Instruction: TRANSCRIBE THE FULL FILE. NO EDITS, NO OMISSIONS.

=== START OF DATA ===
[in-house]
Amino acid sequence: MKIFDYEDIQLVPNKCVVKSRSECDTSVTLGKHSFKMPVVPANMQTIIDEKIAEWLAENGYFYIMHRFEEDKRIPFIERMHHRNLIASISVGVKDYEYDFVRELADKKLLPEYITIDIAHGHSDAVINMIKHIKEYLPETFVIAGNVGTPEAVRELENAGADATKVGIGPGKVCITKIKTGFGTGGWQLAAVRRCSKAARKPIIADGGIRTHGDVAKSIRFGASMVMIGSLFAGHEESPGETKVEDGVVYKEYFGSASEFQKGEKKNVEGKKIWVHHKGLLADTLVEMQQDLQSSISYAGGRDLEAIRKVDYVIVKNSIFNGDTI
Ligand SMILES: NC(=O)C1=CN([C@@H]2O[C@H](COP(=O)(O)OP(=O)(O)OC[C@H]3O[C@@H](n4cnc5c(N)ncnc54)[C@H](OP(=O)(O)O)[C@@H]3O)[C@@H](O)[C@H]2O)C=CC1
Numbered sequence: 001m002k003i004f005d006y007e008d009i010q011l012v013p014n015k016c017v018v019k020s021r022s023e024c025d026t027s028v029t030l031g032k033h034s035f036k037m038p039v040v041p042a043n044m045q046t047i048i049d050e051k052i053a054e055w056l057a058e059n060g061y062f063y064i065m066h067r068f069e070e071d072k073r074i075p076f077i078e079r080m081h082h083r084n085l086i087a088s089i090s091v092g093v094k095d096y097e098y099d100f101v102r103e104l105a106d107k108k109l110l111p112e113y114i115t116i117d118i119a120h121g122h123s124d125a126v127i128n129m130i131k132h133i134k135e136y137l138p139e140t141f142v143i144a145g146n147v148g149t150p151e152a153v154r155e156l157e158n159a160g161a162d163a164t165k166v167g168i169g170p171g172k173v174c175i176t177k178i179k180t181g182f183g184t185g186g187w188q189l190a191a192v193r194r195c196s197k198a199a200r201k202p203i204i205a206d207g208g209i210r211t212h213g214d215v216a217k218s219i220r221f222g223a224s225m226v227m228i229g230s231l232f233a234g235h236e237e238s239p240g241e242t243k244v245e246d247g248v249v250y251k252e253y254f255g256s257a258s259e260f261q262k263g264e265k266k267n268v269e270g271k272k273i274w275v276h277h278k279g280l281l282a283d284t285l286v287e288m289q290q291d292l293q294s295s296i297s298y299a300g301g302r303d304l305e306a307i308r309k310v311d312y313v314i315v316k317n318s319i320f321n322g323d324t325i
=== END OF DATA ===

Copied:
[in-house]
Amino acid sequence: MKIFDYEDIQLVPNKCVVKSRSECDTSVTLGKHSFKMPVVPANMQTIIDEKIAEWLAENGYFYIMHRFEEDKRIPFIERMHHRNLIASISVGVKDYEYDFVRELADKKLLPEYITIDIAHGHSDAVINMIKHIKEYLPETFVIAGNVGTPEAVRELENAGADATKVGIGPGKVCITKIKTGFGTGGWQLAAVRRCSKAARKPIIADGGIRTHGDVAKSIRFGASMVMIGSLFAGHEESPGETKVEDGVVYKEYFGSASEFQKGEKKNVEGKKIWVHHKGLLADTLVEMQQDLQSSISYAGGRDLEAIRKVDYVIVKNSIFNGDTI
Ligand SMILES: NC(=O)C1=CN([C@@H]2O[C@H](COP(=O)(O)OP(=O)(O)OC[C@H]3O[C@@H](n4cnc5c(N)ncnc54)[C@H](OP(=O)(O)O)[C@@H]3O)[C@@H](O)[C@H]2O)C=CC1
Numbered sequence: 001m002k003i004f005d006y007e008d009i010q011l012v013p014n015k016c017v018v019k020s021r022s023e024c025d026t027s028v029t030l031g032k033h034s035f036k037m038p039v040v041p042a043n044m045q046t047i048i049d050e051k052i053a054e055w056l057a058e059n060g061y062f063y064i065m066h067r068f069e070e071d072k073r074i075p076f077i078e079r080m081h082h083r084n085l086i087a088s089i090s091v092g093v094k095d096y097e098y099d100f101v102r103e104l105a106d107k108k109l110l111p112e113y114i115t116i117d118i119a120h121g122h123s124d125a126v127i128n129m130i131k132h133i134k135e136y137l138p139e140t141f142v143i144a145g146n147v148g149t150p151e152a153v154r155e156l157e158n159a160g161a162d163a164t165k166v167g168i169g170p171g172k173v174c175i176t177k178i179k180t181g182f183g184t185g186g187w188q189l190a191a192v193r194r195c196s197k198a199a200r201k202p203i204i205a206d207g208g209i210r211t212h213g214d215v216a217k218s219i220r221f222g223a224s225m226v227m228i229g230s231l232f233a234g235h236e237e238s239p240g241e242t243k244v245e246d247g248v249v250y251k252e253y254f255g256s257a258s259e260f261q262k263g264e265k266k267n268v269e270g271k272k273i274w275v276h277h278k279g280l281l282a283d284t285l286v287e288m289q290q291d292l293q294s295s296i297s298y299a300g301g302r303d304l305e306a307i308r309k310v311d312y313v314i315v316k317n318s319i320f321n322g323d324t325i